“Love Only Needs Three Words”
“Thank you, please, yes”, these are the three words that love needs, according to Bert Hellinger. Thank you, please, yes. They are simple and direct. Like other healing words we use in constellations, they are not words we say in our daily life, in that way, in a bundle, slowly, and in this particular order. They are words that speak to the soul.
When we can say these three words to our parents, we are connected to love.
“Thank you” means that I take life fully and everything that you gave me. The life that came through you.
The second magic word is “please”. Looking at my parents, I say “please”. This word opens my heart to everything that my parents give me, and opens my parents’ heart in a way that they can give me more. Without this “please” parents can give very little.
Then comes the third magic word: “yes”. Yes, I take you exactly as you are, and you can have me as you child. Yes, I take life exactly as you give it to me.
Many problems arise because we are separated from our parents, through distance or rejection. Saying these three words reconnects us with our parents and with the source of our existence. “Love is very simple”, says Hellinger.
Simple means easy to understand or to do. What heals is easy, like our grandmothers old remedies, like Indigenous medicine and Native bush tucker. A loving hand on the feverish forehead of a child, a soothing bath for our sore body, a comforting cup of tea for the bereaved or a rose in a vase for the bedridden. A simple gesture, a simple word that is easy to understand.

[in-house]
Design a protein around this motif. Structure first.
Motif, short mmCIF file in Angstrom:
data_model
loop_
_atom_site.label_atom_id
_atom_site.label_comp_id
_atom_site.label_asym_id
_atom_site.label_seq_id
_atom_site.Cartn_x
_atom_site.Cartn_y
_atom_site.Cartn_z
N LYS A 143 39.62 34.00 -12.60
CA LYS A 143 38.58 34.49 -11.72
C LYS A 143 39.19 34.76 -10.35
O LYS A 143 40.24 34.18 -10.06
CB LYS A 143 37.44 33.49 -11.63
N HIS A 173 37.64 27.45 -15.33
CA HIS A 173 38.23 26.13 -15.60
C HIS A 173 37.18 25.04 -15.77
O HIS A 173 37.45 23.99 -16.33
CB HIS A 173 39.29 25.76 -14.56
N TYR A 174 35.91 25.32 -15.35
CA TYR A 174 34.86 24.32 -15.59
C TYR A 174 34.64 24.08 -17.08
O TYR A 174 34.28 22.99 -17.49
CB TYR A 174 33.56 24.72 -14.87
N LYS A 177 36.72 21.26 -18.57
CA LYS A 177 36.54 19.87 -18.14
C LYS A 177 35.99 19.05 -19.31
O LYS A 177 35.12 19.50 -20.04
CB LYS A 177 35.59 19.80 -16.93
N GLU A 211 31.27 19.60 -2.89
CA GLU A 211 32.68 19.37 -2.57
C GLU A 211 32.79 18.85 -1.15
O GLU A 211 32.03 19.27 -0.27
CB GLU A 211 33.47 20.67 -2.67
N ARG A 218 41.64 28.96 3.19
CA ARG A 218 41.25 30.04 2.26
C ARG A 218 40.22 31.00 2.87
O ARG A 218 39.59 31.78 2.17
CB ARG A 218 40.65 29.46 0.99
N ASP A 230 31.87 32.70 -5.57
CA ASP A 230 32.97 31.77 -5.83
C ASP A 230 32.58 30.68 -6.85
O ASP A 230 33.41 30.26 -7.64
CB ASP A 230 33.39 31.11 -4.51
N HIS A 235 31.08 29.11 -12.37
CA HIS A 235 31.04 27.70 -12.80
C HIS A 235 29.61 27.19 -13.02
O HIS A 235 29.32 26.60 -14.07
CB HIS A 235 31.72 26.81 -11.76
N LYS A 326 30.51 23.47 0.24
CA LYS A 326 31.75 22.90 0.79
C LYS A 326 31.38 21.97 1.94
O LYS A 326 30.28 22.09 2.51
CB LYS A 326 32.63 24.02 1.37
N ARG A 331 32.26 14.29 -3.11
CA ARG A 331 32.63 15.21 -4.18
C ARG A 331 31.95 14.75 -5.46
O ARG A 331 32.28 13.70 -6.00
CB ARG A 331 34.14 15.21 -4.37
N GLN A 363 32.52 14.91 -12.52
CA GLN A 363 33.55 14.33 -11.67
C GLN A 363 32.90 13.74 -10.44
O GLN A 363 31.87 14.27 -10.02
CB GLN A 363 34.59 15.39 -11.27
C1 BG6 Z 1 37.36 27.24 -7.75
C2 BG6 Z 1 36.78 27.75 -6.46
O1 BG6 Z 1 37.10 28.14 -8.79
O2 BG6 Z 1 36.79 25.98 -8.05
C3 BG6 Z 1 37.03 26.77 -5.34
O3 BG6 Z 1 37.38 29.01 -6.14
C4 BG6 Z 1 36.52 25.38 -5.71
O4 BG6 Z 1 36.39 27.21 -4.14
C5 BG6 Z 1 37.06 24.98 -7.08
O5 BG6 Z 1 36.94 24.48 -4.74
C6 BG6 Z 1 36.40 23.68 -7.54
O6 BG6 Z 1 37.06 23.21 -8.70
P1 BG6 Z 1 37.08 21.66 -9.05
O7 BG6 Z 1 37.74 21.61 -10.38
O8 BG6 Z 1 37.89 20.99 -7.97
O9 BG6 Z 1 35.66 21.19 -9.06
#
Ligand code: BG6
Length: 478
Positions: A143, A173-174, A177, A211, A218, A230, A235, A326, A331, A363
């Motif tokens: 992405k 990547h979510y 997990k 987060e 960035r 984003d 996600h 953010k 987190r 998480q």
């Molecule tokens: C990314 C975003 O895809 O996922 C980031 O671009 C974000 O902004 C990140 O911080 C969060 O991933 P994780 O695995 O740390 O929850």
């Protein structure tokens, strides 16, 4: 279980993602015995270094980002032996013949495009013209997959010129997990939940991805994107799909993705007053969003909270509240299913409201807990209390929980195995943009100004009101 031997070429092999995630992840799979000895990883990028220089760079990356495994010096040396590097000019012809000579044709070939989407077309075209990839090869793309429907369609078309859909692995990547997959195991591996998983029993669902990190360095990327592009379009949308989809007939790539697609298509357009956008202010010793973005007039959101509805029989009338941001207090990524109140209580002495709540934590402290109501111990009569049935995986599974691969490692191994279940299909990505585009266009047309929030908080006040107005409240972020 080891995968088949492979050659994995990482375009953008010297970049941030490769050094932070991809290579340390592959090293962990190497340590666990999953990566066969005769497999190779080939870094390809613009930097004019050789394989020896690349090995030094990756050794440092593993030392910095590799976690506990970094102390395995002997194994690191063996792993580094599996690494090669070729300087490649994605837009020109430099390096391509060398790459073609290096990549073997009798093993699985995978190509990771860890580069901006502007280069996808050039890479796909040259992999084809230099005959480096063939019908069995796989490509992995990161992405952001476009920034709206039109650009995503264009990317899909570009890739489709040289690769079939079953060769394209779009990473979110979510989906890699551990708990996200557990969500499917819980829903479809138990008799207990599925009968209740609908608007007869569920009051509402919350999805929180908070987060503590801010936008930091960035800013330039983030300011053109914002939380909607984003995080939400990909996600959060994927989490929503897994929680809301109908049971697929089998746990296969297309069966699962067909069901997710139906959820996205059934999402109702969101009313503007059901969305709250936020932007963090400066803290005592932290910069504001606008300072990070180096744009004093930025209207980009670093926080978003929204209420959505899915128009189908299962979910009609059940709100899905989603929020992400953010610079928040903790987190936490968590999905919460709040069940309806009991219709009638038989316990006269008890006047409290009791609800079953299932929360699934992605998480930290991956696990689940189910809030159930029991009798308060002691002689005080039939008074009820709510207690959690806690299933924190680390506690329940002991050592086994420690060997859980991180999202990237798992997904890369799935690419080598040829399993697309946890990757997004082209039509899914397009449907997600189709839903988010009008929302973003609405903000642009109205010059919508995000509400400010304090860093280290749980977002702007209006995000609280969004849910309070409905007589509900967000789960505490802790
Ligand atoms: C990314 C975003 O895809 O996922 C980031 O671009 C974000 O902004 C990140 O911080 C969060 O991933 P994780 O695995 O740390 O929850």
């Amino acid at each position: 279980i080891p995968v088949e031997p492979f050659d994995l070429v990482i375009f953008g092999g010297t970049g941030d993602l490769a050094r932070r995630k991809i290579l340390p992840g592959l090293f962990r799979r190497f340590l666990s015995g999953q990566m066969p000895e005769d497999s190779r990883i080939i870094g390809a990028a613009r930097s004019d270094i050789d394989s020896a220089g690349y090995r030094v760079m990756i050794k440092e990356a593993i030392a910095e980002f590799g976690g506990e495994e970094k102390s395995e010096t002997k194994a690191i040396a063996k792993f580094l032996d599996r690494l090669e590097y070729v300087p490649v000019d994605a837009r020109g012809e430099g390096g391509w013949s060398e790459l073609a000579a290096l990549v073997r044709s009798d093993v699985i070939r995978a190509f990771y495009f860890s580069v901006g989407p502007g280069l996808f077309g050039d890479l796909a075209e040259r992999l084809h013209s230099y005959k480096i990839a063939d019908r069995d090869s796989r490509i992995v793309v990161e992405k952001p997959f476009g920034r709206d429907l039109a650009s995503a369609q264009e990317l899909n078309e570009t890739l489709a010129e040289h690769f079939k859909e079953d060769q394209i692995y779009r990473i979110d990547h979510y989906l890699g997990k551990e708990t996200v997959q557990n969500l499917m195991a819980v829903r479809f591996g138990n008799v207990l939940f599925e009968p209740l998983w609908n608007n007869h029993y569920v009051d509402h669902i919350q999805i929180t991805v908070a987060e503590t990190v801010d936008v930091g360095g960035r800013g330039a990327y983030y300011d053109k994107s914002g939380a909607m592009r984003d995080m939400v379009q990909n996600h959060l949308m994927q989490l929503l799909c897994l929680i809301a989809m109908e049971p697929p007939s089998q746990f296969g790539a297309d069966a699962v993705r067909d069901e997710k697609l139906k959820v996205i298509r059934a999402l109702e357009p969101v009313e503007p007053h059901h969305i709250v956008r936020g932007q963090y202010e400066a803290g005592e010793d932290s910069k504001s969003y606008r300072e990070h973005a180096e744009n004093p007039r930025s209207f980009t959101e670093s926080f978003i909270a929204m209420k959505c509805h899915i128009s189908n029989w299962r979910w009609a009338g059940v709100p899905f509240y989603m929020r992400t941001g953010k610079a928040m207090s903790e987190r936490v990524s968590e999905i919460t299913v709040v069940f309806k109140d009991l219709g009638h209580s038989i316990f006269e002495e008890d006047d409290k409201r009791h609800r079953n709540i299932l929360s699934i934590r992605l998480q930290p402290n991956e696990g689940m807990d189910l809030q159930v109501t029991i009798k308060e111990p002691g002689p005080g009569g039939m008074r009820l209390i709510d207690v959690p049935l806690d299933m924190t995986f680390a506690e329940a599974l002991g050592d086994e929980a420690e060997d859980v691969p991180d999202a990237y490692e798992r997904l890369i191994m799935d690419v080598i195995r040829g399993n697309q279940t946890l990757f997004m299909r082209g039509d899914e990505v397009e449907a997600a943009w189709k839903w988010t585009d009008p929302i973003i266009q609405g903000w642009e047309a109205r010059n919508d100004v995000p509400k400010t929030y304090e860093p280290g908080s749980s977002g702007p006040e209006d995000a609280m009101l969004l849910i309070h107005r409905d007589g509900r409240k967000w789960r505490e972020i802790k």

Simple also means essential. Truth is simple. The movements of the soul are simple. Little words like thank you, please, yes, touch us deeply in our beings and reach the soul of others.
Hellinger further explains that in a couple relationship love prevails when we can say to each other these same words, in the reversed order. “Yes, please, thank you”.
Both partners look at each other and say “yes”. I take you exactly as you are, and in you I also love your mother and your father as they are. Yes, I agree to your past and to your destiny. Yes.
The second word is “please”. Through this word we show our vulnerability, their heart opens up and feel the pull to give. When we say “please” we also become smaller and needy and we are open to receive the gift.
Then the third word, “thank you”, comes naturally. Everything is very simple, love is very simple. It only needs three words: yes, please, thank you.
When I do workshops I start with a meditation that acknowledges the Traditional Custodians of the land on which we meet. I often invite everyone to visualise the Traditional Owners of that particular country in front of them, and say these three words that carry the message of this acknowledgement, “thank you, sorry, please”.
“Thank you” for taking care of this country and for sharing this land with us. For welcoming us and allowing us to live here and to work together for a common future. Thank you, I show my gratitude for being here, I don’t take anything for granted. Thank you.
The second word is “sorry”. Sorry for the wounds of the past, the scars that are not healed yet, the present that still hurts. Sorry from the bottom of our heart. Your tears are our tears. We take our part of responsibility for what happened, for what is still happening.
With the third word “please” we become more humble. Saying “please” we honor and respect them as our First Nations, the first ones who came. Please, show us how to care for country, how to repair our wrongdoings, how to deep listen, help us how to do dadirri, to “tap into that deep spring that is inside us.”
These simple words are powerful. We can say them slowly and breathe afterwards, to give time to the soul to be moved by them. Then we can wait in deep stillness. These words bring a shift in our body, mind and soul. Hellinger says that reconciliation is not collective, it can only be individual. One person at a time. It starts with me, with you, with us.